T-Mobile’s 5G Plan Encompasses Far More Than Millimeter Waves

T-Mobile sees low- and mid-band frequencies as equally vital for the next generation wireless network

2 min read
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Karri Kuoppamaki began his talk on Wednesday at the Brooklyn 5G Summit by discussing T-Mobile’s LTE network, an apparent anachronism. Or, as he put it, “Why am I talking about LTE? This isn’t the Brooklyn LTE Summit.”

But Kouppamaki, the Vice President of Radio Network Technology Development and Strategy for T-Mobile, had a good reason to spend the first portion of his talk discussing the current generation of wireless tech: Despite the radical departures 5G promises for network infrastructure and data rates, it will still be built on existing networks.

“People associate millimeter waves with 5G,” Kuoppamaki said, “And rightly so, it’s untapped frequencies.” The data rates offered by the 28 GHz band are an exciting opportunity, but he went on to say that he, and T-Mobile, see 5G’s potential extending far beyond this new frontier of spectrum.

T-Mobile plans to develop a 5G network across the entire spectrum—not just at the high-frequency millimeter wave band. One of the big problems for millimeter waves is their short propagation distance. They’ll be great for dense urban areas, where lower frequencies inevitably get blocked by all the obstacles anyway. But to deliver 5G across the United States, Kouppamaki argues that just as much attention must be given to mid- and low-band frequencies.

For example, a 70 MHz range in the 600 MHz band were recently auctioned off the by US government. An extremely low band, FCC Commissioner Brendan Carr nonetheless referred to it as spectrum for 5G. Kuoppamaki says that was a good insight—those low-band frequencies will be needed for long-range signal propagation.

Kuoppamaki sees an entire ecosystem of spectrum servicing 5G. The low bands like the 600 MHz range will service nationwide services, while mid-band frequencies will assist high-band millimeter waves in towns and dense cities. And it doesn’t necessarily have to end there. Kuoppamaki mentioned using the 60 GHz band. “We can figure out what to do with that,” he said, “It’s a different animal.” Even so, it might have applications for in-building networks or localized outdoor networks, despite its poor distance propagation.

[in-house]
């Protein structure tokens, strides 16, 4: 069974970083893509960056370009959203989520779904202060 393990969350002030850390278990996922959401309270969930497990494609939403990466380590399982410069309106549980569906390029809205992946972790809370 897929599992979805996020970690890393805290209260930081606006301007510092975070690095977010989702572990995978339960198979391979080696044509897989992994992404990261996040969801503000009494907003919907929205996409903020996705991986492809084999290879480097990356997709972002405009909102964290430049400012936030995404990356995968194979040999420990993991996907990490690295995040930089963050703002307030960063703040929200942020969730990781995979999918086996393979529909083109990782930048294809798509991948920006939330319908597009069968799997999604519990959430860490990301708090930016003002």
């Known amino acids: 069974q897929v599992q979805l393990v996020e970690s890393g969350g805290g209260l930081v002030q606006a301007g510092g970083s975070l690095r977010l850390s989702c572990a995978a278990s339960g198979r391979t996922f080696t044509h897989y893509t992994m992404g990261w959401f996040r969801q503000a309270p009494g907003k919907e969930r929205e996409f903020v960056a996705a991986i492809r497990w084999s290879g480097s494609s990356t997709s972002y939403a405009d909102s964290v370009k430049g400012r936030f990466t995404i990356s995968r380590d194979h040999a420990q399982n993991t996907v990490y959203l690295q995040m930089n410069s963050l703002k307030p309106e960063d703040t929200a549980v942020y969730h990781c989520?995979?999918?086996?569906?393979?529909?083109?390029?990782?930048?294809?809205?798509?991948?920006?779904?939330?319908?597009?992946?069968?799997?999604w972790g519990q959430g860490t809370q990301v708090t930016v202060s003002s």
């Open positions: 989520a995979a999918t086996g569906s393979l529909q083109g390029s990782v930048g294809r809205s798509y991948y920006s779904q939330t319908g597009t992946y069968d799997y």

Kuoppamaki believes this holistic approach to 5G is the right way to go. To that end, T-Mobile is already deploying the infrastructure for a nationwide 600 MHz network. When asked whether customers would be dissatisfied with potentially lower data rates with lower bands, Kuoppamaki was undaunted, saying 5G developments would improve the entire spectrum. “Whatever we do with LTE, 5G will always be incremental to that.”

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When the COVID-19 pandemic erupted in early 2020, the world made an unprecedented shift to remote work. As a precaution, some Internet providers scaled back service levels temporarily, although that probably wasn’t necessary for countries in Asia, Europe, and North America, which were generally able to cope with the surge in demand caused by people teleworking (and binge-watching Netflix). That’s because most of their networks were overprovisioned, with more capacity than they usually need. But in countries without the same level of investment in network infrastructure, the picture was less rosy: Internet service providers (ISPs) in South Africa and Venezuela, for instance, reported significant strain.

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